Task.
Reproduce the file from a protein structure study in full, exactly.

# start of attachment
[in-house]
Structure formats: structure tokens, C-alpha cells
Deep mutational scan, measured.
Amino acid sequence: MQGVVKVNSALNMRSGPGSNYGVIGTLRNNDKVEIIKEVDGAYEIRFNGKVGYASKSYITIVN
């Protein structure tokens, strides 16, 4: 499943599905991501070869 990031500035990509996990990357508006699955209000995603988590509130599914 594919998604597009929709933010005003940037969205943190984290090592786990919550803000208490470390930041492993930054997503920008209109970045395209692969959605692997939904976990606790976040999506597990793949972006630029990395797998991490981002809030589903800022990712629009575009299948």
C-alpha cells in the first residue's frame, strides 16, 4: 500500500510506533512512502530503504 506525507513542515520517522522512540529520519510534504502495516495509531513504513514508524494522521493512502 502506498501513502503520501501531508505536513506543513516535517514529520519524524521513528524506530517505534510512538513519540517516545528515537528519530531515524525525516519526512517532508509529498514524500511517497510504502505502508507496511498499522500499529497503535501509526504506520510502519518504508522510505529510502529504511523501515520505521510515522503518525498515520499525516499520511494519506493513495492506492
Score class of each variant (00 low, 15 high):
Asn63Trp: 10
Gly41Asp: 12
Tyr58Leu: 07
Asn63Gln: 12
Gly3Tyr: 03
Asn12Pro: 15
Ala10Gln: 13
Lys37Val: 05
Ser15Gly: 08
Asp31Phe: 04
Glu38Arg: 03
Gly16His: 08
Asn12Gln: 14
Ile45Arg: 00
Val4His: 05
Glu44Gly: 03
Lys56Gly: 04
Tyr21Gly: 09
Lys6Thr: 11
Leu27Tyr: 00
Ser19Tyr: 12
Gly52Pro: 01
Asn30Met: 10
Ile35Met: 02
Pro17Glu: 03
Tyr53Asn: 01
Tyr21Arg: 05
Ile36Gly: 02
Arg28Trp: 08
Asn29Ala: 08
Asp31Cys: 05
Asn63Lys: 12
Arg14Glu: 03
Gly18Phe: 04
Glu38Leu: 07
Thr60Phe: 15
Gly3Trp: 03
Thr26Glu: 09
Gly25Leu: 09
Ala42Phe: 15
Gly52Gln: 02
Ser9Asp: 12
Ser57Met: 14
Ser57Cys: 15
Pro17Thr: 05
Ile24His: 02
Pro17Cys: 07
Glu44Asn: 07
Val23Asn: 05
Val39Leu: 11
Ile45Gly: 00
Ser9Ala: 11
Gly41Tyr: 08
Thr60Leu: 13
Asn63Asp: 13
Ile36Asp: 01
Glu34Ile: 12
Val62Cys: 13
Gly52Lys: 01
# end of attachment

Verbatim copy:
[in-house]
Structure formats: structure tokens, C-alpha cells
Deep mutational scan, measured.
Amino acid sequence: MQGVVKVNSALNMRSGPGSNYGVIGTLRNNDKVEIIKEVDGAYEIRFNGKVGYASKSYITIVN
């Protein structure tokens, strides 16, 4: 499943599905991501070869 990031500035990509996990990357508006699955209000995603988590509130599914 594919998604597009929709933010005003940037969205943190984290090592786990919550803000208490470390930041492993930054997503920008209109970045395209692969959605692997939904976990606790976040999506597990793949972006630029990395797998991490981002809030589903800022990712629009575009299948």
C-alpha cells in the first residue's frame, strides 16, 4: 500500500510506533512512502530503504 506525507513542515520517522522512540529520519510534504502495516495509531513504513514508524494522521493512502 502506498501513502503520501501531508505536513506543513516535517514529520519524524521513528524506530517505534510512538513519540517516545528515537528519530531515524525525516519526512517532508509529498514524500511517497510504502505502508507496511498499522500499529497503535501509526504506520510502519518504508522510505529510502529504511523501515520505521510515522503518525498515520499525516499520511494519506493513495492506492
Score class of each variant (00 low, 15 high):
Asn63Trp: 10
Gly41Asp: 12
Tyr58Leu: 07
Asn63Gln: 12
Gly3Tyr: 03
Asn12Pro: 15
Ala10Gln: 13
Lys37Val: 05
Ser15Gly: 08
Asp31Phe: 04
Glu38Arg: 03
Gly16His: 08
Asn12Gln: 14
Ile45Arg: 00
Val4His: 05
Glu44Gly: 03
Lys56Gly: 04
Tyr21Gly: 09
Lys6Thr: 11
Leu27Tyr: 00
Ser19Tyr: 12
Gly52Pro: 01
Asn30Met: 10
Ile35Met: 02
Pro17Glu: 03
Tyr53Asn: 01
Tyr21Arg: 05
Ile36Gly: 02
Arg28Trp: 08
Asn29Ala: 08
Asp31Cys: 05
Asn63Lys: 12
Arg14Glu: 03
Gly18Phe: 04
Glu38Leu: 07
Thr60Phe: 15
Gly3Trp: 03
Thr26Glu: 09
Gly25Leu: 09
Ala42Phe: 15
Gly52Gln: 02
Ser9Asp: 12
Ser57Met: 14
Ser57Cys: 15
Pro17Thr: 05
Ile24His: 02
Pro17Cys: 07
Glu44Asn: 07
Val23Asn: 05
Val39Leu: 11
Ile45Gly: 00
Ser9Ala: 11
Gly41Tyr: 08
Thr60Leu: 13
Asn63Asp: 13
Ile36Asp: 01
Glu34Ile: 12
Val62Cys: 13
Gly52Lys: 01